What Data Scientists Can Learn from Moneyball

Original article was published by Davide Camera on Artificial Intelligence on Medium


What Data Scientists Can Learn from Moneyball

Every Data Scientists should watch the movie Moneyball

According to Wikipedia Moneyball: The Art of Winning an Unfair Game is a book by Michael Lewis, published in 2003, about the Oakland Athletics baseball team and its general manager Billy Beane.

Its focus is the team’s analytical, evidence-based, sabermetric approach to assembling a competitive baseball team despite Oakland’s small budget. A film based on Lewis’ book, starring Brad Pitt and Jonah Hill, was released in 2011.

The central premise of Moneyball is that the collective wisdom of baseball insiders (including players, managers, coaches, scouts, and the front office) over the past century is outdated, subjective, and often flawed.

Statistics such as stolen bases, runs batted in, and batting average, typically used to gauge players, are relics of a 19th-century view of the game and the statistics available at that time.

Before sabermetrics was introduced to baseball, teams were dependent on the skills of their scouts to find and evaluate players.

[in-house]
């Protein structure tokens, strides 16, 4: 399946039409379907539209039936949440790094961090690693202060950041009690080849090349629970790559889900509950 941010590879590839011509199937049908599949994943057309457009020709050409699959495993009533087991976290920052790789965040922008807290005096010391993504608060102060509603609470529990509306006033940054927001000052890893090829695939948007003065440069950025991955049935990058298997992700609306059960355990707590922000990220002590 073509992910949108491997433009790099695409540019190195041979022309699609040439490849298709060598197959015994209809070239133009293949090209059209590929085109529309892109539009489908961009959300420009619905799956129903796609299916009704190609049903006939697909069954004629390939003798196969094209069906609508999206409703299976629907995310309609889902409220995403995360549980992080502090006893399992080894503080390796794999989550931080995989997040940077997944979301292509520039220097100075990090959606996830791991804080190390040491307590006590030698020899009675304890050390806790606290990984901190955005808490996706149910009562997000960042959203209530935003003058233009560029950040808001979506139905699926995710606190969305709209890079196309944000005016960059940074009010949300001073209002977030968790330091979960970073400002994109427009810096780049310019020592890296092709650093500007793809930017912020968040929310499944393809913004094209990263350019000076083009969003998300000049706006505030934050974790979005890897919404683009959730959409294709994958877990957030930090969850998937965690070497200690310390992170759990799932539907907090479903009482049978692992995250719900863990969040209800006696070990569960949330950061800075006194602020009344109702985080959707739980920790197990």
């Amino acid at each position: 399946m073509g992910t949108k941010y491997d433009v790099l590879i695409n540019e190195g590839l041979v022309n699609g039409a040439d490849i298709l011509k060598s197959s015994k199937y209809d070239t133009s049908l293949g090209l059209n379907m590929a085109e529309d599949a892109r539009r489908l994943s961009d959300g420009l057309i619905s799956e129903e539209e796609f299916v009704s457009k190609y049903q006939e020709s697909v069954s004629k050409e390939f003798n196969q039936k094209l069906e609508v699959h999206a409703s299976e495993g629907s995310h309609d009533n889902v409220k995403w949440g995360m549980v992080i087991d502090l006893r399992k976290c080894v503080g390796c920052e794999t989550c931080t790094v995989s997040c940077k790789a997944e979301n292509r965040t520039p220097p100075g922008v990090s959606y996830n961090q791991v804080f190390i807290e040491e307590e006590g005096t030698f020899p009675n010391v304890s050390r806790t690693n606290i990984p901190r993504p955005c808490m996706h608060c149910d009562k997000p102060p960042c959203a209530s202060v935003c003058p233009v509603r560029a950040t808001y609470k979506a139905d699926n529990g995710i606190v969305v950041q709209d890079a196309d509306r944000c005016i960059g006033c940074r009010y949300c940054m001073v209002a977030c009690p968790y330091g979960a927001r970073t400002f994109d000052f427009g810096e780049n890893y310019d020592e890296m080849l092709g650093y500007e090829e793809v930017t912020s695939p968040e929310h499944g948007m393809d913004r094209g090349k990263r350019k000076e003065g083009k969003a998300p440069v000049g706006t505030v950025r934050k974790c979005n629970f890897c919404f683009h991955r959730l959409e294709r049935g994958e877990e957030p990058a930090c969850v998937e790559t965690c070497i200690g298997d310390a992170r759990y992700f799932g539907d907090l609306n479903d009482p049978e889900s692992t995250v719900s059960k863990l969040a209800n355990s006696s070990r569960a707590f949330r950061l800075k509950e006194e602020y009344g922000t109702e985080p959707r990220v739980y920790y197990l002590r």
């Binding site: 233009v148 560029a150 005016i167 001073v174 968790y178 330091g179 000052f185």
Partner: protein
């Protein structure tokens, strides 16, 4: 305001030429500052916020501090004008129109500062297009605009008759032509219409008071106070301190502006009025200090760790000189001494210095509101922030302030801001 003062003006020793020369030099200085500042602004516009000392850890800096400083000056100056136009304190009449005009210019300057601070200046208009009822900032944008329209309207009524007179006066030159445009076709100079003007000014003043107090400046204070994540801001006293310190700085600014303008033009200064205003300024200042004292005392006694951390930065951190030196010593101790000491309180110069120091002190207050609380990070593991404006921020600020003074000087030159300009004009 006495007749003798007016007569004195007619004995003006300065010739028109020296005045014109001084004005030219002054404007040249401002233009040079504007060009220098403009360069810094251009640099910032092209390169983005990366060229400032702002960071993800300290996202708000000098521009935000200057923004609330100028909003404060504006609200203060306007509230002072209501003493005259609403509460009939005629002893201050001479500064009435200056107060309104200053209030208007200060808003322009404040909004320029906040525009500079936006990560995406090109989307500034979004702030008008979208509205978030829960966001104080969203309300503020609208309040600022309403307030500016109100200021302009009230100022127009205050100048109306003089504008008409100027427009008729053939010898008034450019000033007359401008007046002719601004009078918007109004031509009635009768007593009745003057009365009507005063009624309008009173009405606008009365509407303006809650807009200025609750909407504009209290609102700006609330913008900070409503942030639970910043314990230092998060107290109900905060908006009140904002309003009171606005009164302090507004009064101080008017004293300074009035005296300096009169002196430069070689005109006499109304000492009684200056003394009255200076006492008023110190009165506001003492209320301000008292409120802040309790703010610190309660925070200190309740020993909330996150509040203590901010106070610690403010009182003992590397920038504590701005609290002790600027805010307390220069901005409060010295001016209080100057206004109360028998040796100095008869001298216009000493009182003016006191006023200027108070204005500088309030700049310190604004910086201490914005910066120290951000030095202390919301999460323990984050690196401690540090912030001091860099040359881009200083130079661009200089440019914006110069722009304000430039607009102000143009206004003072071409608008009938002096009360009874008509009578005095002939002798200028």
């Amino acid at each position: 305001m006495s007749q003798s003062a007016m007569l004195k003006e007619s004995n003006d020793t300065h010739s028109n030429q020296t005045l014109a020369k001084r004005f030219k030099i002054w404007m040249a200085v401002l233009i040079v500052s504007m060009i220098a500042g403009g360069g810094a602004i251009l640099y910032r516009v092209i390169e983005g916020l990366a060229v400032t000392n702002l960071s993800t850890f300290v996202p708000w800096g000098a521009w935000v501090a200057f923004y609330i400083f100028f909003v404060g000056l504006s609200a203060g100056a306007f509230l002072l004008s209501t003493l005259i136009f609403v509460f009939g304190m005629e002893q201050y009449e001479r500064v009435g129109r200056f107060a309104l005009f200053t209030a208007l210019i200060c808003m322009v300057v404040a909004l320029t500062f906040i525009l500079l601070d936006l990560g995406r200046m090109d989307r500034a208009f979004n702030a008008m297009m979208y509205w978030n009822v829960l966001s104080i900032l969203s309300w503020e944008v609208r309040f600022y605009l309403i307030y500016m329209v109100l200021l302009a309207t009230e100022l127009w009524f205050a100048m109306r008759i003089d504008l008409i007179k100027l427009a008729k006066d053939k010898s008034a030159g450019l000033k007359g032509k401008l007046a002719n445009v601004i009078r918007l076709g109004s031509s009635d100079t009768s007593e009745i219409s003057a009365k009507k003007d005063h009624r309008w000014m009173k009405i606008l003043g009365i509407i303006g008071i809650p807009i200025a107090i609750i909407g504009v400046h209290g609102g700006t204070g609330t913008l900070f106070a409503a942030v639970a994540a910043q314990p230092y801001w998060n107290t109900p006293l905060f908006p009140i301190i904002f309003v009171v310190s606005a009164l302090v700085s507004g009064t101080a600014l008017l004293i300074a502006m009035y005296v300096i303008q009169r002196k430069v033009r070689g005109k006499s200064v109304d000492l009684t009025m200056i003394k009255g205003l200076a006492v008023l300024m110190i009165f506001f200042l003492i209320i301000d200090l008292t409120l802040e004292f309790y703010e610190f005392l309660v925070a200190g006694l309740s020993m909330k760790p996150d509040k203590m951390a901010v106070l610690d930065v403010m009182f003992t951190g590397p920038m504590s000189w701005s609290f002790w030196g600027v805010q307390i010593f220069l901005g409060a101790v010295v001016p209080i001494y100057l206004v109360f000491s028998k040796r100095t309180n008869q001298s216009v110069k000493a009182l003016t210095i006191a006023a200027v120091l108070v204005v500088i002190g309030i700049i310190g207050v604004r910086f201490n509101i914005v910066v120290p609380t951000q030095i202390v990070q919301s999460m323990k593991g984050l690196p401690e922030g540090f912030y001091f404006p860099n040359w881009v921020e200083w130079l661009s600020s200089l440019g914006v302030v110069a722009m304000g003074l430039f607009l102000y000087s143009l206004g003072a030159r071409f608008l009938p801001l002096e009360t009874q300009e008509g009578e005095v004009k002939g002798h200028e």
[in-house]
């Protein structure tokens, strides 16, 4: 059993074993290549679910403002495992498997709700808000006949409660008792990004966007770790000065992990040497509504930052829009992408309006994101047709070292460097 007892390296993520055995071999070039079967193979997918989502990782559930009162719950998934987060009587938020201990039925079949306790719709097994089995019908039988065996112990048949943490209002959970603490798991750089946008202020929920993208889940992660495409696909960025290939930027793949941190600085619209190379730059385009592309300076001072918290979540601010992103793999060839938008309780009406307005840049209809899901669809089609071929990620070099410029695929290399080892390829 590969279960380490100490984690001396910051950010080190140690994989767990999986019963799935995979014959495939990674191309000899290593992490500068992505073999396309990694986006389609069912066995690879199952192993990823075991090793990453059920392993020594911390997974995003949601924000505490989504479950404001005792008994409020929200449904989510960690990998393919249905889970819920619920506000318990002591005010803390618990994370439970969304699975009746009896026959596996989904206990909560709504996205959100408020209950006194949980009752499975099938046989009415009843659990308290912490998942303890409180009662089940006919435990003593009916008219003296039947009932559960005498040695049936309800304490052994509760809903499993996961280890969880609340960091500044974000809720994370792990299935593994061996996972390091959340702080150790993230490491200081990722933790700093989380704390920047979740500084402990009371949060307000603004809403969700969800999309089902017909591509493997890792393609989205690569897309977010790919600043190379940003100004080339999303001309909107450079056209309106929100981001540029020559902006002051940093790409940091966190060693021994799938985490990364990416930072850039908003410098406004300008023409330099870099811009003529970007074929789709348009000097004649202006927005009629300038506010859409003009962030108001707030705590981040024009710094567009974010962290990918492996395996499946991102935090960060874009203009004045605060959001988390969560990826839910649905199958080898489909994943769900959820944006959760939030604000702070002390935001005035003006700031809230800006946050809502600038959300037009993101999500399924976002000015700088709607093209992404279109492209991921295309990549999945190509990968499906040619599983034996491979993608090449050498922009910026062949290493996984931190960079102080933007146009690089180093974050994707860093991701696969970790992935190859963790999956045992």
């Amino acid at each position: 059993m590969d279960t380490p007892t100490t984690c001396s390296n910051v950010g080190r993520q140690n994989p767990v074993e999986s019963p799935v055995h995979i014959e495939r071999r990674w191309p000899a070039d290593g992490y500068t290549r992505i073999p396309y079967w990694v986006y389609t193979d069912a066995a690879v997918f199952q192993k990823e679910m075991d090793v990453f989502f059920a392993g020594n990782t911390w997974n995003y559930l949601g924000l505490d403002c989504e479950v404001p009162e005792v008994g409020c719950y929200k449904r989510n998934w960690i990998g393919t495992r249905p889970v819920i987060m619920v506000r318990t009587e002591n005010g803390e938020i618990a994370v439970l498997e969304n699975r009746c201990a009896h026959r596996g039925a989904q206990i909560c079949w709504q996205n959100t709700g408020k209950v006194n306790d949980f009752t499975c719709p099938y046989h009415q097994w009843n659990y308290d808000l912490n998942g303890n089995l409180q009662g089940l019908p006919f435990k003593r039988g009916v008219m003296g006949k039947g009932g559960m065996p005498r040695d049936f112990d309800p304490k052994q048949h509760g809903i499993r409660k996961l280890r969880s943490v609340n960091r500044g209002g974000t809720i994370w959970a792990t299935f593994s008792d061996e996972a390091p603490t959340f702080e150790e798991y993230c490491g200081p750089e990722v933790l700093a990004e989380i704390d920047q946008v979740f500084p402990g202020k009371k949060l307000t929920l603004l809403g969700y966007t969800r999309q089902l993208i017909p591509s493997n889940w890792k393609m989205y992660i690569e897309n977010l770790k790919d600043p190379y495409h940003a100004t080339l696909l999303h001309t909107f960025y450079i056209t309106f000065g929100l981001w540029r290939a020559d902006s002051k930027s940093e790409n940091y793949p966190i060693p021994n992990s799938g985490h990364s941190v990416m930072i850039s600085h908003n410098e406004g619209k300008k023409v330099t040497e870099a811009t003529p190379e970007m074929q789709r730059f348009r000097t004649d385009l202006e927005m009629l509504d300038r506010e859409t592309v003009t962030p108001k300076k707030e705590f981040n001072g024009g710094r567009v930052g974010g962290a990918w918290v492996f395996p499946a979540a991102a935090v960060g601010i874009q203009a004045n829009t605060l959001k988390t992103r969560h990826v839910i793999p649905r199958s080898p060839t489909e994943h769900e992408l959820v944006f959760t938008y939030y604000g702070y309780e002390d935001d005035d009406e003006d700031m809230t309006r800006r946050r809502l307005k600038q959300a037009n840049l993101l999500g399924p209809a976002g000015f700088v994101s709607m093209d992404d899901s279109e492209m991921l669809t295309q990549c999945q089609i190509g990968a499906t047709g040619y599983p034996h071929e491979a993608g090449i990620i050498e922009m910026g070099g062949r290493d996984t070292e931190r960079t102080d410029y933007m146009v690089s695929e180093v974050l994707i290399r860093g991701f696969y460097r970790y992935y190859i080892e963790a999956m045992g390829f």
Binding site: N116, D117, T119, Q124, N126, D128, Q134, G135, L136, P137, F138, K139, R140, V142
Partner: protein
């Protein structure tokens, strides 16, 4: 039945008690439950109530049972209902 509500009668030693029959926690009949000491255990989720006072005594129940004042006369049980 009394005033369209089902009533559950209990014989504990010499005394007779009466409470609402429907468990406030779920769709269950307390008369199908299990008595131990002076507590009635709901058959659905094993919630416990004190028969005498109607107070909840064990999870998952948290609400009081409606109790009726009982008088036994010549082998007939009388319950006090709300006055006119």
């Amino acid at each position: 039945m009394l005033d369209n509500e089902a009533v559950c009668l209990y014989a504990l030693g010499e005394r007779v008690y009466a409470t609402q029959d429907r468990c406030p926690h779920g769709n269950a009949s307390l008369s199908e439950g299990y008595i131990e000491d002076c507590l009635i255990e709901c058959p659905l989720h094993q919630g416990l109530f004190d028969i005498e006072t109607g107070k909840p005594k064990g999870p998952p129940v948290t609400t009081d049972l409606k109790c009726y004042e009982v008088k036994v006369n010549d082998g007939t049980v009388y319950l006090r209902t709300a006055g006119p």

Photo by Ben Hershey on Unsplash

The book argues that the Oakland A’s’ front office took advantage of more analytical gauges of player performance to field a team that could outsmart and better compete against richer competitors in Major League Baseball (MLB).

Moneyball traces the history of the sabermetric movement back to such people as Bill James (then a member of the Boston Red Sox front office) and Craig R. Wright. Lewis explores how James’s seminal Baseball Abstract, published annually from the late 1970s through the late 1980s, influenced many of the young, up-and-coming baseball minds that are now joining the ranks of baseball management.

Sabermetric

Sabermetrics or SABRmetrics is the empirical analysis of baseball, especially baseball statistics that measure in-game activity.

Sabermetricians collect and summarize the relevant data from this in-game activity to answer specific questions. The term is derived from the acronym SABR, which stands for the Society for American Baseball Research, founded in 1971. The term “sabermetrics” was coined by Bill James, who is one of its pioneers and is often considered its most prominent advocate and public face.